Rose Correa and Shane Lindner began Amazonian Skinfood to create positive change and to create a culture of forest life preservation, strengthening ancestral traditions and the socioeconomic autonomy of its people.
“Our mission is to create a responsible supply chain and sustainable economy in the Amazon rainforest. One that moves away from the destruction and rampant extraction of forest resources caused by cattle farming, mining, and logging to one that uses renewable resources and non-timber forest products that produce economic value while keeping the forest standing”
After two years of R&D, in December 2021 , we launched Superfruit face oil and Sacha Inchi Peptide Firming cream using native plants such as sacha inchi, cacay, ucuuba, acai and buriti.
A cleanser and further premium beauty products are set for release next year.
We spent 2 years researching Amazonian ingredients, focusing on its sustainability impact in the forest and people: its season, social and environmental impact in the communities, availability in scale, characteristics, performance.
The beauty market is very saturated, and one thing we noticed was an opportunity to bring forest ingredients that have amazing nutritional profiles.
Amazonian SkinFood works with local communities like riverside people, indigenous and the quilombos—settlements founded by Afro-Brazilians who escaped slavery—to ensure ethical agroforestry management practices, wild harvesting where possible to provide more economic opportunity.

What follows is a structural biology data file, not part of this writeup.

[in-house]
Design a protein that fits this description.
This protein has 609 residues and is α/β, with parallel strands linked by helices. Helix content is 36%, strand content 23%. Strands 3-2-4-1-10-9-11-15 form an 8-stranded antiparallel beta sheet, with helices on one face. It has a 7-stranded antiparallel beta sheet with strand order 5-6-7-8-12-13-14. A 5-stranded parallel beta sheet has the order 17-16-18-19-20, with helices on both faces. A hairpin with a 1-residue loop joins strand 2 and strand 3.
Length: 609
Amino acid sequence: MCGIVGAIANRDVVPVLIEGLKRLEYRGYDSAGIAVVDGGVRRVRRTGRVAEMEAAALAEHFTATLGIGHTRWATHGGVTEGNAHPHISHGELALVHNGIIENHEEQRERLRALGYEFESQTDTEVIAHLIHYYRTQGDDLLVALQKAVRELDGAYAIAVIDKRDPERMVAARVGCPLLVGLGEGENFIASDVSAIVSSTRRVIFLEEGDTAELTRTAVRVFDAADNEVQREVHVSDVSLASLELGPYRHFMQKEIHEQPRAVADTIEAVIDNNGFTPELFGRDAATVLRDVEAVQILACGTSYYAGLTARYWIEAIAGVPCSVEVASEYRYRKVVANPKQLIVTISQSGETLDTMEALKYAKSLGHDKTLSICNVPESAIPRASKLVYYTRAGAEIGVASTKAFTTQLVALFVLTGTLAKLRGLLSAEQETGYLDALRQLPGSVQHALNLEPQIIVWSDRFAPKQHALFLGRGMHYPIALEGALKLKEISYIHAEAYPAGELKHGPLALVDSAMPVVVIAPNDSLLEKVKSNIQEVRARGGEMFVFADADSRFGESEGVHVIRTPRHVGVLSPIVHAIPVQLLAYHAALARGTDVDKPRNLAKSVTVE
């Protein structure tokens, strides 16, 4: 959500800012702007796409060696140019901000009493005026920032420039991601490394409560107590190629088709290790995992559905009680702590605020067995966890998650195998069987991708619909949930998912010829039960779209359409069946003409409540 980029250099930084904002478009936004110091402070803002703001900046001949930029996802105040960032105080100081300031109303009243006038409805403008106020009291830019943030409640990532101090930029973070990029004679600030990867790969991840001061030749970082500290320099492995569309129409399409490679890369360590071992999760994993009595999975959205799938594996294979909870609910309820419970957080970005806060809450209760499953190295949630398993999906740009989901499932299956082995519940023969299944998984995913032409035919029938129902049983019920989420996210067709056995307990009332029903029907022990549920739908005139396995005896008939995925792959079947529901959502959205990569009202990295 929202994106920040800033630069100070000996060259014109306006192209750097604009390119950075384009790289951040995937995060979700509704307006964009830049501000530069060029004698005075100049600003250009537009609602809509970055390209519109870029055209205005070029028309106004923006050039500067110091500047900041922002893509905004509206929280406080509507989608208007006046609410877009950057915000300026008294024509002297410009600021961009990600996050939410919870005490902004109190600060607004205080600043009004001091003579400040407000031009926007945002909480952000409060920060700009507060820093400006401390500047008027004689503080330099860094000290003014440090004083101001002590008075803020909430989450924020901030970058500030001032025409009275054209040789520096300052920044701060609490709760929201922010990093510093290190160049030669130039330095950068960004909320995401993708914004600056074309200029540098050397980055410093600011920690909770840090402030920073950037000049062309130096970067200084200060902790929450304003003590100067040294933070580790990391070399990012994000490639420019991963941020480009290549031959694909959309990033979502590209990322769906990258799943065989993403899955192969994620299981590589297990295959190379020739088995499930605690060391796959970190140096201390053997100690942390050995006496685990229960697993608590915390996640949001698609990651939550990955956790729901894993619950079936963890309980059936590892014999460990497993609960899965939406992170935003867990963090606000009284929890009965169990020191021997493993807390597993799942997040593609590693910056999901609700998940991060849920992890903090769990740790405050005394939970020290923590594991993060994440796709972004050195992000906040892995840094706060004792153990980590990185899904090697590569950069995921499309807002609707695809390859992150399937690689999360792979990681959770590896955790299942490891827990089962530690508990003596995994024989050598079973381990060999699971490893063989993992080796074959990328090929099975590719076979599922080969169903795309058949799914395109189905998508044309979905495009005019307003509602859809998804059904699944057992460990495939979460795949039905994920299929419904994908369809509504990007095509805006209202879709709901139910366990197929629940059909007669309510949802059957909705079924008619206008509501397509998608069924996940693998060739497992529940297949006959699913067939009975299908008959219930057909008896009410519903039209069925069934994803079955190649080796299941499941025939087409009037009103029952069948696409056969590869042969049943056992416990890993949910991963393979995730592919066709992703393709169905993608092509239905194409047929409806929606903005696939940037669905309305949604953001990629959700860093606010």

“We want to tell more of how our ingredients are produced and show the families involved in the process,” Correa adds. “We strongly believe that trading goods and services can generate significant economic value by helping reduce poverty and, most importantly, preserve and reuse environmental resources. The opportunity for genuine, sustainable trade is crucial to fight deforestation in the Amazon and address the current climate crisis.”
A proponent of “conscious commerce,” Amazonian SkinFood donates 10% of the company’s profits to benefit the Ni Shunpin project. Commenting on the partnership, Correa notes: “During our last trip to Brazil, we met the Ni Shunpin project of the Indigenous leader Ixã Huni Kuin, from Altamira Village, Acre, where almost 170 people live. We were able to listen to his vision and his call to build alliances with people of all colors, from all directions. We immediately connected to the idea of creating a sacred and protected place where knowledge could be practiced for the next generations yet to come.” The company is also a member of Origens Brasil, a network focused on the conservation of the rainforest, on top of supporting fair trade in its sustainable supply chain.